Related GAO Products
Small Business Administration: New Service for Lender Oversight Reflects Some Best Practices, but Strategy for Use Lags Behind. GAO-04-610 . Washington, D.C.: June 8, 2004.
Disaster Loan Program
Small Business Administration: SBA Followed Appropriate Policies and Procedures for September 11 Disaster Loan Applications. GAO-04-885 . Washington, D.C.: August 31, 2004.
Human Capital Management
Small Business Administration: Progress Made, but Transformation Could Benefit from Practices Emphasizing Transparency and Communication. GAO-04-76 . Washington, D.C.: October 31, 2003.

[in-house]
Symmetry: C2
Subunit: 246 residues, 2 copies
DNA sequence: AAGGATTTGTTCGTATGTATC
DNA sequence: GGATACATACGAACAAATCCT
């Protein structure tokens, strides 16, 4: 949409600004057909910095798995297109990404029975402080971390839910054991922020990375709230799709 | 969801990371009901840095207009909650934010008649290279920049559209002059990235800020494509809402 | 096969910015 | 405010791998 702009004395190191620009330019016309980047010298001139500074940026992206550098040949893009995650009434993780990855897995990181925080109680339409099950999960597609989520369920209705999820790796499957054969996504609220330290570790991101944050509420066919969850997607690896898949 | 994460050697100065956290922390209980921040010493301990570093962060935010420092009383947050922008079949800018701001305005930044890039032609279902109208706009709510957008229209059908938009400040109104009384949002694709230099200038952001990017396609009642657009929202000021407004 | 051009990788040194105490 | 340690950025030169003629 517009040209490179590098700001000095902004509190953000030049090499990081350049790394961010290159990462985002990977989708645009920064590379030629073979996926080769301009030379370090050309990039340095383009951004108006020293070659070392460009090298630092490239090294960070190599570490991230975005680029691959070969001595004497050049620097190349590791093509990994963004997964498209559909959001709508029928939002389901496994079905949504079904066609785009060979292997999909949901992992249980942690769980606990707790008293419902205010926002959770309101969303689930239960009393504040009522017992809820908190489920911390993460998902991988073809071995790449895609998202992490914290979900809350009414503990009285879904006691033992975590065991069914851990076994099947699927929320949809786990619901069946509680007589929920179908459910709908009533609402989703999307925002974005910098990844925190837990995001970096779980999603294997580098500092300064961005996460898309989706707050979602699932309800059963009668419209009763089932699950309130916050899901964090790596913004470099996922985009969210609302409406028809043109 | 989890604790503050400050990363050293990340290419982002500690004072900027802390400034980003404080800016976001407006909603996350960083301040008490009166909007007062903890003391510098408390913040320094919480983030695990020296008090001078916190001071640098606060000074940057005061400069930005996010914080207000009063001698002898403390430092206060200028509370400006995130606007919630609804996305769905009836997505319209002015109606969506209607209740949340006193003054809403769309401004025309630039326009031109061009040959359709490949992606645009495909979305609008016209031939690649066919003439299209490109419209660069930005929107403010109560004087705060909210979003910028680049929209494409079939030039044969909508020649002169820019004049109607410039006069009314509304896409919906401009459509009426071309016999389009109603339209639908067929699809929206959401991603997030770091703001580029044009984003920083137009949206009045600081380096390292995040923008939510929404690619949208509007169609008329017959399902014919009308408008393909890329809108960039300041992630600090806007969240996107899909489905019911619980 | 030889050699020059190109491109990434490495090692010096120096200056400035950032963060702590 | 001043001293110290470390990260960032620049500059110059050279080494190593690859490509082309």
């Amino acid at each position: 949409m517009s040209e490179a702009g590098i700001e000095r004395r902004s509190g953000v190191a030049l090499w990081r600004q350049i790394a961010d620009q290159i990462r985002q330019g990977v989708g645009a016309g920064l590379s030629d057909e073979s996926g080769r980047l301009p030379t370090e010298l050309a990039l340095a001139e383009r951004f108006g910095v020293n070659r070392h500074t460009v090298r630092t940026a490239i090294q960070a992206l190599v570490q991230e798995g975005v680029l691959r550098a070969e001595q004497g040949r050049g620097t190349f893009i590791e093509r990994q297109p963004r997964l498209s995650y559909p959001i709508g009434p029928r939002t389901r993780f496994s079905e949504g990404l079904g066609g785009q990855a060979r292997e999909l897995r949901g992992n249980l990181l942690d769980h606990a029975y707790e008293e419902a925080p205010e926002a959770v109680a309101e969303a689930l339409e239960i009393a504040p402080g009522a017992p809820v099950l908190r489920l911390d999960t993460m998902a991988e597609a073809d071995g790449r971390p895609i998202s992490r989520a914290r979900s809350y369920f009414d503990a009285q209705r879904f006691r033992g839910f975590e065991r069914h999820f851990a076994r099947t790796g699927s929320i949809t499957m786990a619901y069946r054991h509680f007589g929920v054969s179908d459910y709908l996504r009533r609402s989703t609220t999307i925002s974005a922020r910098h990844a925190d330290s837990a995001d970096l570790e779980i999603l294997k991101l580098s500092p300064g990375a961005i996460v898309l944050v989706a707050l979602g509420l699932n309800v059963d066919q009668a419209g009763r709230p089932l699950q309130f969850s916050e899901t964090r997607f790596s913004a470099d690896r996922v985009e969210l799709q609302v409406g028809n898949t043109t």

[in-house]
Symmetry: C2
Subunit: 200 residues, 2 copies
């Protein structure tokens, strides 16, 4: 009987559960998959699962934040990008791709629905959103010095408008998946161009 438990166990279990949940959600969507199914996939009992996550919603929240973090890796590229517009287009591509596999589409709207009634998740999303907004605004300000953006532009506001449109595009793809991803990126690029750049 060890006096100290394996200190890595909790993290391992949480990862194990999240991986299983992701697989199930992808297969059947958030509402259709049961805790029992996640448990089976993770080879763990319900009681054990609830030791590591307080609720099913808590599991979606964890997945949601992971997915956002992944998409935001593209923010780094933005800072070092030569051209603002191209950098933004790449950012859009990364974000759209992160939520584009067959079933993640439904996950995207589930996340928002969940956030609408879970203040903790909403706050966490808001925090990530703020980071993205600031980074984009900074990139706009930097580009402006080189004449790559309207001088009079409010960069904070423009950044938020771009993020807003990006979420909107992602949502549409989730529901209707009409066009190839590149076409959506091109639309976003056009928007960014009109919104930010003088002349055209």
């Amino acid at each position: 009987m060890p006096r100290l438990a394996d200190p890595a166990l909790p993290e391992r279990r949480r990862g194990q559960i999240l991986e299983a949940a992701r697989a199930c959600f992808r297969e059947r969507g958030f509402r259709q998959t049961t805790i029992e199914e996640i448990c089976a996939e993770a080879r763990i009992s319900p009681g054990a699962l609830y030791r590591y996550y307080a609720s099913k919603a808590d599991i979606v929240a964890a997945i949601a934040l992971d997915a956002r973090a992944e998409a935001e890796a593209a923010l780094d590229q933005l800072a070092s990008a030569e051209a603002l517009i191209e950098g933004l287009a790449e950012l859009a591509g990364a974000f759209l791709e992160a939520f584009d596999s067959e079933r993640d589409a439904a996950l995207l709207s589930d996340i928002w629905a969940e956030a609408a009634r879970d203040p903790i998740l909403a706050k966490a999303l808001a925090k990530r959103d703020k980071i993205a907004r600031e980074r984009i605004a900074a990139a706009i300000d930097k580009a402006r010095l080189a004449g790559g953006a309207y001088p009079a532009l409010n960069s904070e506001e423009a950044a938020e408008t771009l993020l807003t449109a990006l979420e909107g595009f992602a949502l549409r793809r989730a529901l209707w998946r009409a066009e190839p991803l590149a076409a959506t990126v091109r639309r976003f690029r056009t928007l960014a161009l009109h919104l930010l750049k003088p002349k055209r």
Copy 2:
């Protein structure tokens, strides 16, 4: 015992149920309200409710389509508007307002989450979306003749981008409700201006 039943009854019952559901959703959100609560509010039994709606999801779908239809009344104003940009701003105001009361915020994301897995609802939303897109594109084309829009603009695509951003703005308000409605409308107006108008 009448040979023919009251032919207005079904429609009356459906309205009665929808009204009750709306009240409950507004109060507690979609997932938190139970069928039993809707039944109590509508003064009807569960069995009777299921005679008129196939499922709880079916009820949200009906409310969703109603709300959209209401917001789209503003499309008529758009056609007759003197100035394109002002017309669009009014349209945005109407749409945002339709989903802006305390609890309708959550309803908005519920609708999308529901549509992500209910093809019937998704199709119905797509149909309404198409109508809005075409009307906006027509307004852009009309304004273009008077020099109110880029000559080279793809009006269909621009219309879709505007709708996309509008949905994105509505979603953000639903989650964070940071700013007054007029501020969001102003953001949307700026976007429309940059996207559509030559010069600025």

Information Technology Management: Governmentwide Strategic Planning, Performance Measurement, and Investment Management Can Be Further Improved. GAO-04-49 . Washington D.C.: January 12, 2004.
Information Technology: Leadership Remains Key to Agencies Making Progress on Enterprise Architecture Efforts. GAO-04-40 . Washington D.C.: November 17, 2003.
Budgeting and Financial Accountability
Small Business Administration: Model for 7(a) Program Subsidy Had Reasonable Equations, but Inadequate Documentation Hampered External Reviews. GAO-04-9 . Washington, D.C.: March 31, 2004.